As the collapse of the housing market and the related financial crisis have continued to unfold, the numbers of those struggling to meet mortgage payments, newly unemployed, or simply in financial distress due to lower home equity values or stock market values have continued to grow. These forces have affected consumers' economic well-being, and one by-product of this economic weakness has been a pullback in consumers' use of non-essential health care services.
It has also hurt their ability to pay for health care services they do incur during these times, resulting in increases in the incidence of health care-related bad debt. While in past periods of economic weakness health care was fairly resistant to downturns, given the increased influence of managed care and higher amount of cost sharing in the form of co-pays and deductibles, this appears to be less the case now. These factors have begun to ripple through the health care system, impacting hospital, medical equipment, and managed health care companies.
Health Care Facilities
The housing crisis is affecting the health care facilities in two ways: 1) through declines in elective procedures such as hip and knee replacements, as well as screening procedures such as colonoscopies. (Though these procedures are, in most cases, necessary, many patients put them off when they feel financially constrained.), and 2) via an increase in the numbers of patients whose economic situations have worsened to the point they can no longer meet medical co-pays or deductibles.
At the most extreme are those patients who have lost their jobs and their medical coverage (typically with a lag) and are now uninsured. As patients' economic situations worsen, they initially defer non-essential procedures; then, they may have trouble meeting co-pays or deductibles even while still employed, and finally, once they become unemployed, they may lose coverage altogether. Some may maintain coverage for 18 months at a substantially higher cost, if they can afford to pay for it under what is known as COBRA.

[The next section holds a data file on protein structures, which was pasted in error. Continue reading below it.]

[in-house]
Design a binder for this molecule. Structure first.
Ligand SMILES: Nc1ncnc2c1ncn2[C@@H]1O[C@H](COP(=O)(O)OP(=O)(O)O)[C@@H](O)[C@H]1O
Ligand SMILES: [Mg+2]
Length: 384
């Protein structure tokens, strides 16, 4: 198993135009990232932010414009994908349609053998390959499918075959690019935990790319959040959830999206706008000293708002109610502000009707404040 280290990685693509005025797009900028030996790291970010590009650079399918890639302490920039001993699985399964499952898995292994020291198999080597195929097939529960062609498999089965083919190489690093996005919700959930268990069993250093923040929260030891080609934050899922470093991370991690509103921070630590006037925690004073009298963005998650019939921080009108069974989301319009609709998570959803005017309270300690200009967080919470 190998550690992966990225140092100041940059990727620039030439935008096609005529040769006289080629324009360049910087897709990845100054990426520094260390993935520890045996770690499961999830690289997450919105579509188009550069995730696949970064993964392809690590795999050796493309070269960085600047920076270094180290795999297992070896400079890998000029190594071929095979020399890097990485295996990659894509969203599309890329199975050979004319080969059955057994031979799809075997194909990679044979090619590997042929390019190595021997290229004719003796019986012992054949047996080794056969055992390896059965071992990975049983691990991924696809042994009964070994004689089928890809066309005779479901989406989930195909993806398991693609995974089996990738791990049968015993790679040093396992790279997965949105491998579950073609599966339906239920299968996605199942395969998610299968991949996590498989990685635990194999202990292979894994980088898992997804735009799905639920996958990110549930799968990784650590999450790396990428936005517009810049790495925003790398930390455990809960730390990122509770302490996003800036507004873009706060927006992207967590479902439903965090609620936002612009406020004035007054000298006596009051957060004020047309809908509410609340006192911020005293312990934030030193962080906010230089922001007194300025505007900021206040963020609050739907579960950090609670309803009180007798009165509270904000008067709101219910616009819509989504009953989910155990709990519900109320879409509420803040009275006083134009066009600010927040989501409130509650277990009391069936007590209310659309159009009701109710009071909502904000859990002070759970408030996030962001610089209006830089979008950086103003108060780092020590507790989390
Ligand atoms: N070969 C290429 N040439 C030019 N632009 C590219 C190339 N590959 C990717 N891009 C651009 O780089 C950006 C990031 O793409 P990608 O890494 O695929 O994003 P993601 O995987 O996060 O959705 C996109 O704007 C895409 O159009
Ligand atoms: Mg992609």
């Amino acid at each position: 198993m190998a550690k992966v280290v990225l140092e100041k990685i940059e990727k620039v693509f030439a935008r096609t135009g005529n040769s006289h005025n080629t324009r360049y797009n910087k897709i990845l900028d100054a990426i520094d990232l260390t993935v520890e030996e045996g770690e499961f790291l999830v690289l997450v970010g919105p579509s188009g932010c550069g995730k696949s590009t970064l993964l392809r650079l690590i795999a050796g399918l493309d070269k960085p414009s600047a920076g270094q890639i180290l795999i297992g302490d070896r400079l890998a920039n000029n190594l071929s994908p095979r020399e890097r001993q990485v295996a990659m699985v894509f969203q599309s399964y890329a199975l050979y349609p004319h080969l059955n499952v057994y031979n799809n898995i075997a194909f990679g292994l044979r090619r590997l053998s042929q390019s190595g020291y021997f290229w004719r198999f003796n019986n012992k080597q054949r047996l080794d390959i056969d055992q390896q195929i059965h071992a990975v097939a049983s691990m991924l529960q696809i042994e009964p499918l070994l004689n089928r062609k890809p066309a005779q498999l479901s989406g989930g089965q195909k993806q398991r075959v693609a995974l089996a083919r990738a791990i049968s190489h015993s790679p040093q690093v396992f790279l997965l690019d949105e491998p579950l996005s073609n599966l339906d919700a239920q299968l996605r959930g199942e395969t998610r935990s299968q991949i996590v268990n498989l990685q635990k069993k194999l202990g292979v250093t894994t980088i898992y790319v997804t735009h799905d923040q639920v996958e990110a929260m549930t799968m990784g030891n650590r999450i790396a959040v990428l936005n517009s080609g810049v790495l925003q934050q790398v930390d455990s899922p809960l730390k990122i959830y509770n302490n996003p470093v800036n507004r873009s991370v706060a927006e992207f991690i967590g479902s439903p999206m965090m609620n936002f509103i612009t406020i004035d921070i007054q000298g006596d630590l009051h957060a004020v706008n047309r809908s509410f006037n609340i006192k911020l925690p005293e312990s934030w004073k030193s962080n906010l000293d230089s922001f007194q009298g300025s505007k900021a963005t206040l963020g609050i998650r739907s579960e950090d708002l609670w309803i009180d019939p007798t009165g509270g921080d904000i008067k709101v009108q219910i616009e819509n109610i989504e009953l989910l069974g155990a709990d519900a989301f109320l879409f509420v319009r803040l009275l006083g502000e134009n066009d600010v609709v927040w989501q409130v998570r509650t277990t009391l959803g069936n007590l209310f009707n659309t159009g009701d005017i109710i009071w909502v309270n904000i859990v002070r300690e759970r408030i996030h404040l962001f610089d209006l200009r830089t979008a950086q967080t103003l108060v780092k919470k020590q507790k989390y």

As the current financial crisis continues, we believe these problems and their impacts on health care facilities have only worsened. For example, of the five publicly traded hospitals Standard & Poor's Equity Research follows, three of those reported declines in admissions in the latest quarter. In addition, after having apparently begun to stabilize in the first half of 2008, reported bad debt trends for the publicly traded hospitals have recently begun to rise again. Lastly, even many of those with insurance are feeling the strain of higher medical costs. A recent study by the Center for Studying Health System Change found that approximately 20% of those surveyed report having trouble meeting their medical bills. This has forced health care facilities to cut back on services and expansions, reduce capital budgets and purchases, and, in the worst-case scenario, shutter facilities. Given the continued rising levels of unemployment, we would only expect these forces to be amplified into 2009.
In this economy, we favor those companies with less exposure to bad debt issues and those that deliver care that is less discretionary by nature, such as Psychiatric Solutions (PSYS); AmSurg (AMSG), which has less exposure to elective procedures than many of its peers, in our view; and Sun Healthcare Group (SUNH).